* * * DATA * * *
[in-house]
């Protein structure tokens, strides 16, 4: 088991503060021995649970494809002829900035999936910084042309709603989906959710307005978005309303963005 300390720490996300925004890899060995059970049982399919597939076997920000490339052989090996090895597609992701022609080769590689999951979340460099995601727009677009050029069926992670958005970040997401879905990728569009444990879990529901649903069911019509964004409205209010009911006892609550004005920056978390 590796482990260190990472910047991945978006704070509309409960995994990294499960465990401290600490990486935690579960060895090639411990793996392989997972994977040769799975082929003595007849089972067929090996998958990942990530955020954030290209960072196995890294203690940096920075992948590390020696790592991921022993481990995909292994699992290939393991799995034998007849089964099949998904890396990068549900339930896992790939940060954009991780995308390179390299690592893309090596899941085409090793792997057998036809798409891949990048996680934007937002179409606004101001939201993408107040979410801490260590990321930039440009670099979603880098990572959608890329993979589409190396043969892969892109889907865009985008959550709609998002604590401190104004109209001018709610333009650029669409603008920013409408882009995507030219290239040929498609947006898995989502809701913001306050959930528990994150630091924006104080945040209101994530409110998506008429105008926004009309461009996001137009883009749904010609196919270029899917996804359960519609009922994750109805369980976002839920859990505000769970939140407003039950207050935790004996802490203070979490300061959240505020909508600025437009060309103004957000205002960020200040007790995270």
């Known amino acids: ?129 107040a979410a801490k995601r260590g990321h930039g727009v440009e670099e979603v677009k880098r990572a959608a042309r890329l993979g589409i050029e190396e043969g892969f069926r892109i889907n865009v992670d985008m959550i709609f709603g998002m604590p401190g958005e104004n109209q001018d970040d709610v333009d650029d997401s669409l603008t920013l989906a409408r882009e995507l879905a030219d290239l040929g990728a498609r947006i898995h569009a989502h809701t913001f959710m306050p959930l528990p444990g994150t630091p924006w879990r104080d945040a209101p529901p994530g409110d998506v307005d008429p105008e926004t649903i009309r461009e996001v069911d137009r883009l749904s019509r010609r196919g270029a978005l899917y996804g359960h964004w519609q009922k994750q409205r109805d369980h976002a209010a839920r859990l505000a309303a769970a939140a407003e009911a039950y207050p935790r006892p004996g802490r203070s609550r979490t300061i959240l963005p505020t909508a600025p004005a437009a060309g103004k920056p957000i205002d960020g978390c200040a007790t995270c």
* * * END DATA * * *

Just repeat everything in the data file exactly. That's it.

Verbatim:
[in-house]
């Protein structure tokens, strides 16, 4: 088991503060021995649970494809002829900035999936910084042309709603989906959710307005978005309303963005 300390720490996300925004890899060995059970049982399919597939076997920000490339052989090996090895597609992701022609080769590689999951979340460099995601727009677009050029069926992670958005970040997401879905990728569009444990879990529901649903069911019509964004409205209010009911006892609550004005920056978390 590796482990260190990472910047991945978006704070509309409960995994990294499960465990401290600490990486935690579960060895090639411990793996392989997972994977040769799975082929003595007849089972067929090996998958990942990530955020954030290209960072196995890294203690940096920075992948590390020696790592991921022993481990995909292994699992290939393991799995034998007849089964099949998904890396990068549900339930896992790939940060954009991780995308390179390299690592893309090596899941085409090793792997057998036809798409891949990048996680934007937002179409606004101001939201993408107040979410801490260590990321930039440009670099979603880098990572959608890329993979589409190396043969892969892109889907865009985008959550709609998002604590401190104004109209001018709610333009650029669409603008920013409408882009995507030219290239040929498609947006898995989502809701913001306050959930528990994150630091924006104080945040209101994530409110998506008429105008926004009309461009996001137009883009749904010609196919270029899917996804359960519609009922994750109805369980976002839920859990505000769970939140407003039950207050935790004996802490203070979490300061959240505020909508600025437009060309103004957000205002960020200040007790995270």
């Known amino acids: ?129 107040a979410a801490k995601r260590g990321h930039g727009v440009e670099e979603v677009k880098r990572a959608a042309r890329l993979g589409i050029e190396e043969g892969f069926r892109i889907n865009v992670d985008m959550i709609f709603g998002m604590p401190g958005e104004n109209q001018d970040d709610v333009d650029d997401s669409l603008t920013l989906a409408r882009e995507l879905a030219d290239l040929g990728a498609r947006i898995h569009a989502h809701t913001f959710m306050p959930l528990p444990g994150t630091p924006w879990r104080d945040a209101p529901p994530g409110d998506v307005d008429p105008e926004t649903i009309r461009e996001v069911d137009r883009l749904s019509r010609r196919g270029a978005l899917y996804g359960h964004w519609q009922k994750q409205r109805d369980h976002a209010a839920r859990l505000a309303a769970a939140a407003e009911a039950y207050p935790r006892p004996g802490r203070s609550r979490t300061i959240l963005p505020t909508a600025p004005a437009a060309g103004k920056p957000i205002d960020g978390c200040a007790t995270c």